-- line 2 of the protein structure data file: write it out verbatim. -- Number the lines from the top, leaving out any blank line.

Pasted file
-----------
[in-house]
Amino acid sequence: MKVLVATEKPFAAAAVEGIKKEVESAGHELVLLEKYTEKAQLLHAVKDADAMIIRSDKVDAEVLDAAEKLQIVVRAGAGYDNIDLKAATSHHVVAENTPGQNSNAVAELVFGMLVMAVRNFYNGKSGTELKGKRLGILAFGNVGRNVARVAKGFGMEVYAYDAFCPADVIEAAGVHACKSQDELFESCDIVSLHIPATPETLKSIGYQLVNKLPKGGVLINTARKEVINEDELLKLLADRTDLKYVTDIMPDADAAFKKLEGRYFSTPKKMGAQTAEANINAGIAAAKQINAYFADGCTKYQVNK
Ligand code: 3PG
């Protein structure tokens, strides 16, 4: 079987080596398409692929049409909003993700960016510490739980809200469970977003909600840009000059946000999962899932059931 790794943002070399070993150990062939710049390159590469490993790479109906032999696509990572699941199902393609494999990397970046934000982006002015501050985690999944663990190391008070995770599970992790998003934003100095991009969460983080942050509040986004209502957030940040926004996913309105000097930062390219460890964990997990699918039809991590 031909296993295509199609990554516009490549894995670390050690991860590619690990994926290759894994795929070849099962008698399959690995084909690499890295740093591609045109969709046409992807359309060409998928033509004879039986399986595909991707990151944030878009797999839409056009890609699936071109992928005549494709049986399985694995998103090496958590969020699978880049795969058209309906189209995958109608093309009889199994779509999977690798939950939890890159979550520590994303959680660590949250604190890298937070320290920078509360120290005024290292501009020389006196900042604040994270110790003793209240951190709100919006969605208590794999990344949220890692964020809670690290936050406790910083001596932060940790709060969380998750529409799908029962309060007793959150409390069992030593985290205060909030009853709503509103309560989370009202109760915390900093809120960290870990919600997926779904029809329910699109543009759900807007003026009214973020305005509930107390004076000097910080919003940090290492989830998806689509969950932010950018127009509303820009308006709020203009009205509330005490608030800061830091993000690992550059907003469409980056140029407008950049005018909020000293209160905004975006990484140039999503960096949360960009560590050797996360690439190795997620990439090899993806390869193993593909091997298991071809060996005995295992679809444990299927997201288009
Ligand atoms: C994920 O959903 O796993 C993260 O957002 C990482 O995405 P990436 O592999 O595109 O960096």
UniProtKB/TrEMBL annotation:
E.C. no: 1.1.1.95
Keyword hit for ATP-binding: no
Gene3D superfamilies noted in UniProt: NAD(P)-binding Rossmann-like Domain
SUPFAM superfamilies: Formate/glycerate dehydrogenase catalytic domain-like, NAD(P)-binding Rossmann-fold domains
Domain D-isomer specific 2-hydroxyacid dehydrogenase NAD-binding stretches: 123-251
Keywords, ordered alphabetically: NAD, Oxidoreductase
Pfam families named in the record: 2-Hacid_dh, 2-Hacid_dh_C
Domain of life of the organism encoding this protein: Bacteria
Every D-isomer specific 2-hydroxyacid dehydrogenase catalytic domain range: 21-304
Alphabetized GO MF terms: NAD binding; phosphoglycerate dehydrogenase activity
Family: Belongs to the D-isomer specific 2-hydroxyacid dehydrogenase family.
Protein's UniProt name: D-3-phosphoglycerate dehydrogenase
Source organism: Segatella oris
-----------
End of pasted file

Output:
Amino acid sequence: MKVLVATEKPFAAAAVEGIKKEVESAGHELVLLEKYTEKAQLLHAVKDADAMIIRSDKVDAEVLDAAEKLQIVVRAGAGYDNIDLKAATSHHVVAENTPGQNSNAVAELVFGMLVMAVRNFYNGKSGTELKGKRLGILAFGNVGRNVARVAKGFGMEVYAYDAFCPADVIEAAGVHACKSQDELFESCDIVSLHIPATPETLKSIGYQLVNKLPKGGVLINTARKEVINEDELLKLLADRTDLKYVTDIMPDADAAFKKLEGRYFSTPKKMGAQTAEANINAGIAAAKQINAYFADGCTKYQVNK